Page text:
While making the comparison between the traffic systems of different countries, it can be seen that there is the existence of a versatile system of traffic control in the territory of India. The rules of road differ from one state to another. There is a high possibility of causing accidents by any Indian person who is driving abroad. It is because the road rules will be entirely different than followed in his own country. In India, there is much less recording of traffic system as most of the roads of India are still under construction and the roadways are on the verge of development. Hence, there lies the opportunity for the development of proper traffic system in the future. There has also been the evolution of the developed roads in India in the last few decades. The prominent example of this fact is the development of the National Highway roads.
Chandra, S., & Kumar, U. (2013). Effect of lane width on capacity under mixed traffic conditions in India. Journal of transportation engineering,129(2), 155-160.
Clark, S. (2013). Traffic prediction using multivariate nonparametric regression. Journal of transportation engineering, 129(2), 161-168.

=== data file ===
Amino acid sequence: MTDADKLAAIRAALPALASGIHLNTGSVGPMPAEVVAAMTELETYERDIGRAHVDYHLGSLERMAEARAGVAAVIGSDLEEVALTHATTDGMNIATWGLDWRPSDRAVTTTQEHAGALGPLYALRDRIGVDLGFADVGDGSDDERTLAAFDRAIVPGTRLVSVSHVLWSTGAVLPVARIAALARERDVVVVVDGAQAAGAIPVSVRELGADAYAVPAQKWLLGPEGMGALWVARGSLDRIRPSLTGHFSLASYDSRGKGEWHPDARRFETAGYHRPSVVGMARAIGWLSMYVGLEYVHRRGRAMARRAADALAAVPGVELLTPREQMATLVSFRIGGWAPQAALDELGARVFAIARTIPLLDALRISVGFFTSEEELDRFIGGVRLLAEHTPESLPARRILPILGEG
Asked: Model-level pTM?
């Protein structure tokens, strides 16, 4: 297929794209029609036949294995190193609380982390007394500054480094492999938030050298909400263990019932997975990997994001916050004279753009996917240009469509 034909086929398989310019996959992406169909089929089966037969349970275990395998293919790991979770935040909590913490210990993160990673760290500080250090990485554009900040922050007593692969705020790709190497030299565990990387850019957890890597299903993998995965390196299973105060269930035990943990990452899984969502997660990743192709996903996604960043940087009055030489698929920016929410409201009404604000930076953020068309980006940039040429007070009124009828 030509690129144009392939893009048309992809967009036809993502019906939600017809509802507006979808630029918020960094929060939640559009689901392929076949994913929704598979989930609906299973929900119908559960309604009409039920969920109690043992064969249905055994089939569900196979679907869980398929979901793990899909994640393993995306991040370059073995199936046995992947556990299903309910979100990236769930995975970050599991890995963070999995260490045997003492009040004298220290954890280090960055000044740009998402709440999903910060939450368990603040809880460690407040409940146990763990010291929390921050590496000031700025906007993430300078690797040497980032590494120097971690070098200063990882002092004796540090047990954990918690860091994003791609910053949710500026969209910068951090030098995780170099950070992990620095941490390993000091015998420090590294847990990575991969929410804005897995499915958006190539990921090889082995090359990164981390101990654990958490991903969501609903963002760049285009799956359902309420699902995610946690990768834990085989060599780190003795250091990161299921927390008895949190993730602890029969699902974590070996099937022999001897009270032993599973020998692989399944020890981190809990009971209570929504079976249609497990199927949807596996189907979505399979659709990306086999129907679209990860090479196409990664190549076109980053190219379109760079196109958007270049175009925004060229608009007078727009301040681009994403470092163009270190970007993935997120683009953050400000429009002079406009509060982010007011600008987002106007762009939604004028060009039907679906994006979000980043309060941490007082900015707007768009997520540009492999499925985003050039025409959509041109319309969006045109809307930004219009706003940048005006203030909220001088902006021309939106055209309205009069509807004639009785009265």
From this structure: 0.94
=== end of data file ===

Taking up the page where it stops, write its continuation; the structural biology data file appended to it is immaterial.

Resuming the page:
DUTTA, T., & PAL, G. (2010). Pulmonary function test in traffic police personnel in Pondicherry. Indian J Physiol Pharmacol, 54(4), 329-336.
Goyal, P., Dhirendra, M., & Kumar, A. (2013). Emissions of criteria pollutanats from vehicular traffic in Delhi, India. Journal of Environmental Research and Development, 7(4A), 1693.
Gururaj, G. (2013). Road traffic deaths, injuries and disabilities in India: current scenario. National Medical Journal of India, 21(1), 14.
Mishra, B., Sinha, N. D., Sukhla, S. K., & Sinha, A. K. (2010). Epidemiological study of road traffic accident cases from Western Nepal.Indian journal of community medicine, 35(1), 115.
Nesamani, K. S. (2010). Estimation of automobile emissions and control strategies in India. Science of the Total Environment, 408(8), 1800-1811.
Ruikar, M., 2013. National statistics of road traffic accidents in India. Journal of Orthopedics, Traumatology and Rehabilitation, 6(1), p.1.